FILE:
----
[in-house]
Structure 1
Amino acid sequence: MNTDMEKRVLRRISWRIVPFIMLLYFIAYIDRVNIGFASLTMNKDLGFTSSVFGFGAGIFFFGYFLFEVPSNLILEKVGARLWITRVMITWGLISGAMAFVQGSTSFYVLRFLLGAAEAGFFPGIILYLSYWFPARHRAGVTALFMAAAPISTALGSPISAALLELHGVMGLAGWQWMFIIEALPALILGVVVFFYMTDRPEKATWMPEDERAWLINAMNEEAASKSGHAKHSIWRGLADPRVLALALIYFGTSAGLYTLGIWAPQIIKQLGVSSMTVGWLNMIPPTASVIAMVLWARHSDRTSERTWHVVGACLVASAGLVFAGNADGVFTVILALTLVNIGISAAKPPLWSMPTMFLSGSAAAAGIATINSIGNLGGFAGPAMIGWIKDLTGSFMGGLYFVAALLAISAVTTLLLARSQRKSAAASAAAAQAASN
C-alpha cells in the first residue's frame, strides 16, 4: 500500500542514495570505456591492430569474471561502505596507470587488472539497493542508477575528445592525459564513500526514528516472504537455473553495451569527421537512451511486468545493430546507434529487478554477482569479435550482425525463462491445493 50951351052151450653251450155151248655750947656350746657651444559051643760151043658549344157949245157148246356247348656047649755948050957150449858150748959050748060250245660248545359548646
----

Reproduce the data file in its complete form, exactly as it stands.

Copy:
[in-house]
Structure 1
Amino acid sequence: MNTDMEKRVLRRISWRIVPFIMLLYFIAYIDRVNIGFASLTMNKDLGFTSSVFGFGAGIFFFGYFLFEVPSNLILEKVGARLWITRVMITWGLISGAMAFVQGSTSFYVLRFLLGAAEAGFFPGIILYLSYWFPARHRAGVTALFMAAAPISTALGSPISAALLELHGVMGLAGWQWMFIIEALPALILGVVVFFYMTDRPEKATWMPEDERAWLINAMNEEAASKSGHAKHSIWRGLADPRVLALALIYFGTSAGLYTLGIWAPQIIKQLGVSSMTVGWLNMIPPTASVIAMVLWARHSDRTSERTWHVVGACLVASAGLVFAGNADGVFTVILALTLVNIGISAAKPPLWSMPTMFLSGSAAAAGIATINSIGNLGGFAGPAMIGWIKDLTGSFMGGLYFVAALLAISAVTTLLLARSQRKSAAASAAAAQAASN
C-alpha cells in the first residue's frame, strides 16, 4: 500500500542514495570505456591492430569474471561502505596507470587488472539497493542508477575528445592525459564513500526514528516472504537455473553495451569527421537512451511486468545493430546507434529487478554477482569479435550482425525463462491445493 50951351052151450653251450155151248655750947656350746657651444559051643760151043658549344157949245157148246356247348656047649755948050957150449858150748959050748060250245660248545359548646